李白 (701-762) Li Bai
行路难 蜀道难 月下独酌 梦游天姥吟留别 越女词 登金陵凤凰台 劳劳亭 宣州谢［月兆］楼饯别校书叔云 送友人 赠汪伦 早发白帝城 越中览古 闻王昌龄左迁龙标,遥有此寄 夜宿山寺 忆秦娥
Hard Is The Road Of The World
Pure wine in golden cup costs ten thousand coins – good!
Choice dish in a plate of jade is worth as much – nice food!
Pushing aside my cup and chopsticks, I can’t eat;
Drawing my sword and looking round, I stamp my feet.
I can’t cross Yellow River: ice has stopped its flow;
I can’t climb Mount Taihang: the sky is blind with snow.
I can but poise a fishing pole beside a stream
Or set sail for the sun like a sage in a dream.
Hard is the way,
Hard is the way.
Don’t go astray!
A time will come to ride the wind and cleave the waves;
I’ll set my cloud-white sail and cross the sea, which raves.
Hard Is The Road To Shu
Oho! Behold the road to Shu so steep, so high!
To take the road is harder than to climb the sky.
Since the two pioneers
Put Kingdom Shu in order,
Have passed forty-eight thousand years,
And few since then have passed its border.
There’s a bird track from Great White mountain in the West,
Leading to Eyebrow Mountain’s crest.
The crumbled mountain killed the brave workmen,
Along the cliffs a rocky path was hacked then.
Above stand peaks too high for the sun to pass o’er;
Below the torrents run back and forth, churn and roar.
E’en the immortal crane can’t fly across;
We find all skilful gibbons at a loss.
The Green Mud Ridge makes tortuous grimaces;
Around the top we take nine turns each hundred paces.
Looking up breathless, I could touch the stars nearby;
Beating the breast, I sink aground with long, long sigh.
When may I come back from this journey to the west?
How can I climb up dangerous path and mountain crest,
Where I can hear on ancient trees but sad birds wail,
And see the female birds fly, followed by the male?
And hear home-going cuckoos weep
Beneath the moon in mountains deep?
To go to Shu is harder than to climb the sky;
If you heard this, your cheeks would lose their rosy dye.
Between the sky and peaks is not a foot’s space;
Ancient pines hang head down from the cliff’s surface;
Cataracts and torrents dash on boulders under,
Roaring like thousands of echoes of thunder.
So dangerous these places are!
Alas! Why should I come here from afar?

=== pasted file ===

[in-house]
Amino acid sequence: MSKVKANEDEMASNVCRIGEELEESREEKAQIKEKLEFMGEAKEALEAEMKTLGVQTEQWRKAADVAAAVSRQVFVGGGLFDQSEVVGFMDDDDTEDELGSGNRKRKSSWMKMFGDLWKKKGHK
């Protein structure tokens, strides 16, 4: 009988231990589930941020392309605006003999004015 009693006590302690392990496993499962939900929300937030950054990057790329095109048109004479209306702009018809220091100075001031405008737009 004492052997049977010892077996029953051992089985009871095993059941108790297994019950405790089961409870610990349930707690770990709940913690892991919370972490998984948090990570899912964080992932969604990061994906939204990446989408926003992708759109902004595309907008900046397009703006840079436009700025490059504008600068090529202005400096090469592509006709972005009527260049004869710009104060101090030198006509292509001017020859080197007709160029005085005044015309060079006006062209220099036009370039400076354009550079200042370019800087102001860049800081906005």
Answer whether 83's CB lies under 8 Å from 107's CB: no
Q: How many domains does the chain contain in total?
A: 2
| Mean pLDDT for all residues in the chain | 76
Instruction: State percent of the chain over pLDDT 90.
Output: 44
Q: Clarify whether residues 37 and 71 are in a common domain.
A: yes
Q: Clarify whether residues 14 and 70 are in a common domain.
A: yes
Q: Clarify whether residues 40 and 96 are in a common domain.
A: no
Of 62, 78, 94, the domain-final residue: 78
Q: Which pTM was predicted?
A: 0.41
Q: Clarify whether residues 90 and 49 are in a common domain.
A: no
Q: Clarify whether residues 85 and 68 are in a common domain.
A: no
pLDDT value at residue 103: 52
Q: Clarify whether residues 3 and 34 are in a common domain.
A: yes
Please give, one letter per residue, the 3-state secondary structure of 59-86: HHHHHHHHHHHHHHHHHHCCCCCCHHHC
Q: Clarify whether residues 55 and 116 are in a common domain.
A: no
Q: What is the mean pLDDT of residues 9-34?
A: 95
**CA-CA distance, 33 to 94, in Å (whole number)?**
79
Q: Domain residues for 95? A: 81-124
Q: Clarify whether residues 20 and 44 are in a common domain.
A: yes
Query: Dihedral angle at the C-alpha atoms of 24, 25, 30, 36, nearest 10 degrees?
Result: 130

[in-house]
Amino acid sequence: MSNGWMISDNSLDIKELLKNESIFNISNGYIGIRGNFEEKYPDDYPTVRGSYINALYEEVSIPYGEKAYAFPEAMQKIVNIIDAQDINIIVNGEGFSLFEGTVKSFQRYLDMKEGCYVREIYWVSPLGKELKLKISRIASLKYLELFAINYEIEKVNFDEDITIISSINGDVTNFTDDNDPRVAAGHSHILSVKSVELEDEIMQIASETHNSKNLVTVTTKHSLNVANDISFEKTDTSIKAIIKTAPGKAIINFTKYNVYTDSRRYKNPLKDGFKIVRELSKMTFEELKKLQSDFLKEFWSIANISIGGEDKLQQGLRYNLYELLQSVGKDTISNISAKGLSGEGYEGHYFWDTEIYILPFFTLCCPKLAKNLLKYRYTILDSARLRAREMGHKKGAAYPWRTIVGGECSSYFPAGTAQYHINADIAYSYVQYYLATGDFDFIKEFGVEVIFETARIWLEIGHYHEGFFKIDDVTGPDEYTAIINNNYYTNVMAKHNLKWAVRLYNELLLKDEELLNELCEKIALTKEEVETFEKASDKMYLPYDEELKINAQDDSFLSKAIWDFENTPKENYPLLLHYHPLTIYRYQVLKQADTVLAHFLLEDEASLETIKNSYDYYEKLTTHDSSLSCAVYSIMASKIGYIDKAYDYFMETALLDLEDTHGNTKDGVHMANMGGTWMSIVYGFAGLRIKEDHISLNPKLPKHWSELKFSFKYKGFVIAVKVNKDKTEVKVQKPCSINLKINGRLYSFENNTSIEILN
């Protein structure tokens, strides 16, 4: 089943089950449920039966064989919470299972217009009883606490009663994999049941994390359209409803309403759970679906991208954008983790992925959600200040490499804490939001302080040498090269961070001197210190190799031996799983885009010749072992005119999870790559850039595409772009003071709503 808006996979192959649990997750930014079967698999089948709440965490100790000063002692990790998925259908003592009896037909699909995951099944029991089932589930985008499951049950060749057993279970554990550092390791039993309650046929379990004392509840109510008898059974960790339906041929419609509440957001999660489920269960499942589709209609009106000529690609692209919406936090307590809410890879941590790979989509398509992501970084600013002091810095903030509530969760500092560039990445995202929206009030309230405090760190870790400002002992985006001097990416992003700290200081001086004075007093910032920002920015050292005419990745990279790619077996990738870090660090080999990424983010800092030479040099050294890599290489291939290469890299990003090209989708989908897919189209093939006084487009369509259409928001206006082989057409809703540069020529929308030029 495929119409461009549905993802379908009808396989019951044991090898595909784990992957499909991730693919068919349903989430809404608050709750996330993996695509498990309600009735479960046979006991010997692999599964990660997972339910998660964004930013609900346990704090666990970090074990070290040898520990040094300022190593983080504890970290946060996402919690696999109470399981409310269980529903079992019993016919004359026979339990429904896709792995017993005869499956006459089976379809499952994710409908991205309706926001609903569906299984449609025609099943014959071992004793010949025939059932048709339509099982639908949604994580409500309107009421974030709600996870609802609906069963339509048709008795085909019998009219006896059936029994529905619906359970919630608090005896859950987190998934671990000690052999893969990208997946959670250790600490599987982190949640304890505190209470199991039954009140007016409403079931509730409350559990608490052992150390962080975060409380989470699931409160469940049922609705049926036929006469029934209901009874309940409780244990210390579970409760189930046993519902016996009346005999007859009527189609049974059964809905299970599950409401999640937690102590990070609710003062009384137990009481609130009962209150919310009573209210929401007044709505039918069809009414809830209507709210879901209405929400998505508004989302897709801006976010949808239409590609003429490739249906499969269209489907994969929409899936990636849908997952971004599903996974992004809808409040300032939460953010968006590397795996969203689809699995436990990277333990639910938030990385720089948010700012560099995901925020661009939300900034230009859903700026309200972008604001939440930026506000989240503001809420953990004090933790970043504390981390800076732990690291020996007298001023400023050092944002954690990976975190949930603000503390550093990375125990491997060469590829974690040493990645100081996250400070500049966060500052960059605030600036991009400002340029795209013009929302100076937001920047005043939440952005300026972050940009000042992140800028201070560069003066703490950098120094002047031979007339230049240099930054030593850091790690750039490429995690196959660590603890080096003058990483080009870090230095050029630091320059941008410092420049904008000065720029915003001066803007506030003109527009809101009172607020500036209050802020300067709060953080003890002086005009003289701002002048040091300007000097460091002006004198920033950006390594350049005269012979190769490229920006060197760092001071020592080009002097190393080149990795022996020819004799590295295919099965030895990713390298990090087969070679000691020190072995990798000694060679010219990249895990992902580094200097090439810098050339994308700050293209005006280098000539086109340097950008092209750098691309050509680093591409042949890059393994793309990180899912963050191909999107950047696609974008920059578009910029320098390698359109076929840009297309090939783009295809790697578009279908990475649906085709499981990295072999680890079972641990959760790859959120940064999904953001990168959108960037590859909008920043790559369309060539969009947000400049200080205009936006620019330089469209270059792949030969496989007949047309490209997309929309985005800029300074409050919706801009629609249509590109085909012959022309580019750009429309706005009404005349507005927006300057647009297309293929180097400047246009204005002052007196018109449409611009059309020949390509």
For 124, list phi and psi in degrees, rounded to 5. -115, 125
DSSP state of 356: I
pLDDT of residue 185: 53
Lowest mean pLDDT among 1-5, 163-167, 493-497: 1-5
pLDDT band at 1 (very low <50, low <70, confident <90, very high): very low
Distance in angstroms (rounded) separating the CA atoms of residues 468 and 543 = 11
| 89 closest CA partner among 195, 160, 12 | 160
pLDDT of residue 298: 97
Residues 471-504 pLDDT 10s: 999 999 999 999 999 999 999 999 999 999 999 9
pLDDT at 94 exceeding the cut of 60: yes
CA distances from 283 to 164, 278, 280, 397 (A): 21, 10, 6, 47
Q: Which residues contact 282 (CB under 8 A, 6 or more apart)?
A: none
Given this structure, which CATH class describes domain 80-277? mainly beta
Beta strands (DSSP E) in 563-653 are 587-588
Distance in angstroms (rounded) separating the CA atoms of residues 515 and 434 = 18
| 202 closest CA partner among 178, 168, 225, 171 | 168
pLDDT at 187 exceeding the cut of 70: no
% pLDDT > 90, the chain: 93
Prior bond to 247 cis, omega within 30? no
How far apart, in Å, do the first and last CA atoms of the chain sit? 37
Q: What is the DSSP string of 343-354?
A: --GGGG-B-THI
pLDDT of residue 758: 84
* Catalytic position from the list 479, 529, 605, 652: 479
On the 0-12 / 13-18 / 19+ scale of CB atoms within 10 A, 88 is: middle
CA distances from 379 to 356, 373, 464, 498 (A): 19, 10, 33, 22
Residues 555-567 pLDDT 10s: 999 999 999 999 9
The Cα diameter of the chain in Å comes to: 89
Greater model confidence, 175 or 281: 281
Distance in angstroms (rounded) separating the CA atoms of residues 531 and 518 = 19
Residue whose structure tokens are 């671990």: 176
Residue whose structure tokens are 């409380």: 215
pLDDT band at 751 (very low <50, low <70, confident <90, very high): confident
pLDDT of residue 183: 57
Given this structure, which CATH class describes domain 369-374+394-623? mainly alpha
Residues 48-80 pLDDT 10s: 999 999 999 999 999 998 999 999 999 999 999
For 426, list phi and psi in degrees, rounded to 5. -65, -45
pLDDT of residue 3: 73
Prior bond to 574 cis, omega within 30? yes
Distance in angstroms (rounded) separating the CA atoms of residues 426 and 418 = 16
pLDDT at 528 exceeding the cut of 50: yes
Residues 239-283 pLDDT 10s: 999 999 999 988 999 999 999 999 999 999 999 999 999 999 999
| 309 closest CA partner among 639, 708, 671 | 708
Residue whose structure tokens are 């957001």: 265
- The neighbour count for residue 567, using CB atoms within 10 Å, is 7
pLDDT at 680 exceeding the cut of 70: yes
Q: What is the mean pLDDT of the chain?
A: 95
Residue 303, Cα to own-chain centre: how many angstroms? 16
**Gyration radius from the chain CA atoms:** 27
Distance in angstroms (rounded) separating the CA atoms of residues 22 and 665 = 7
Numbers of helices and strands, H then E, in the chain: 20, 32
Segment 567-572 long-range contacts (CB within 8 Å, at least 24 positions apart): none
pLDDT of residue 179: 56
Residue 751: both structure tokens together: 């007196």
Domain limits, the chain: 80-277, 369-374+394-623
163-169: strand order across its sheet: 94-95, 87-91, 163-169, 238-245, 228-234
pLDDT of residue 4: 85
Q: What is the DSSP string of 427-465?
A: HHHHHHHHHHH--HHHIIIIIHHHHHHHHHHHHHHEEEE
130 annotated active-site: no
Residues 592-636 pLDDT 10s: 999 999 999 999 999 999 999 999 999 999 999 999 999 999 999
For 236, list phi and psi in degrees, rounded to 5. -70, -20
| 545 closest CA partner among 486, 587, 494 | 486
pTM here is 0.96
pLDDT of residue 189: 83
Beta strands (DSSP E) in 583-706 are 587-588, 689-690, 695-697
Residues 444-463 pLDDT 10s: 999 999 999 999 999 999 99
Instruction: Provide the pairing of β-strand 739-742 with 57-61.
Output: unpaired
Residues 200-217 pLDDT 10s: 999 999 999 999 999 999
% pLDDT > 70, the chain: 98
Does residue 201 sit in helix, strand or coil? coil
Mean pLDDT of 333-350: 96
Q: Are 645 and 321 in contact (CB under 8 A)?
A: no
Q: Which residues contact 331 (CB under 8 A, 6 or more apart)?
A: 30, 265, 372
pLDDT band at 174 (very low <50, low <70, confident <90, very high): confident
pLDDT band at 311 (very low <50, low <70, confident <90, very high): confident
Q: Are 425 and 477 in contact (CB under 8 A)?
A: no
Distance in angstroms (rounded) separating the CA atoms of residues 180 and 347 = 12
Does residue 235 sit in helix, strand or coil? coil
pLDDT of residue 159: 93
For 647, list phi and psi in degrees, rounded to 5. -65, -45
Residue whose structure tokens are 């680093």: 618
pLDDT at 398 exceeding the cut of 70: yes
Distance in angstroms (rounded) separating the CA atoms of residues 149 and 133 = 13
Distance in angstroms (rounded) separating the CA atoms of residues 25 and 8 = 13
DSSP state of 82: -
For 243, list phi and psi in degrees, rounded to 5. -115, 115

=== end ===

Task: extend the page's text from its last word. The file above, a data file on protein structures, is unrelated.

Sword Path between the cliffs is narrow, steep and high,
Guarded by one
And forced by none.
Are wolves and pards,
Man-eating tigers at daybreak,
At dusk blood-sucking snake.
We might make merry in the Town of Silk, I know,
But I would rather homeward go.
To go to Shu is harder than to climb the sky;
I turn and westward look with long, long sigh.
Drinking Alone Under The Moon
Among the flowers from a pot of wine
I drink alone beneath the bright moonshine.
I raise my cup to invite the moon, who blends
Her light with my shadow and we’re three friends.
The moon does not know how to drink her share;
In vain my shadow follows me here and there.
Together with them for the time I stay
And make merry before spring’s spend away.
I sing the moon to linger with my song;
My shadow disperses as I dance along.
Sober, we three remain cheerful and gay;
Drunken, we part and each goes his way.
Our friendship will outshine all earthly love;
Next time we’ll meet beyond the stars above.
Mount Skyland Ascended In A Dream – A song Of Farewell
Of fairy isles seafarers speak,
‘Mid dimming mist and surging waves, so hard to seek;
Of Skyland southerners are proud,
Perceivable through fleeting or dispersing cloud.
Mount Skyland threatens heaven, massed against the sky,
Surpassing the Five Peaks and dwarfing Mount Red Town.
Mount Heaven’s Terrace, five hundread thousand feet high,
Nearby to the southeast, appears to crumble down.
Longing in dreams for southern land, one night
I flew o’er Mirror Lake in moonlight.
My shadow’s followed by moonbeams
Until I reach Shimmering Streams,
Where hermitage of Master Xie * can still be seen
And biggons wail o’er rippling water green.
I put on Xie’s pegged boot,
One on each foot,
And scale the mountain ladder to blue cloud.
On eastern cliff I see
The sun rise from the sea
And in midair I hear sky cock crow loud.
The footpath meanders ‘mid a thousand crages in the vale;
I’m lured by rocks and flowers when the day turns pale.
Bears roar and dragons howl and thunders the cascade;
Deep forests quake and ridges tremble; they’re afraid.
From dark, dark cloud comes rain;
On pale, pale waves mists plane.
Oh, lighting flashes
And thunder rumbles;
With stunning crashes
The mountain crumbles.
The stone gate of a fairy cavern under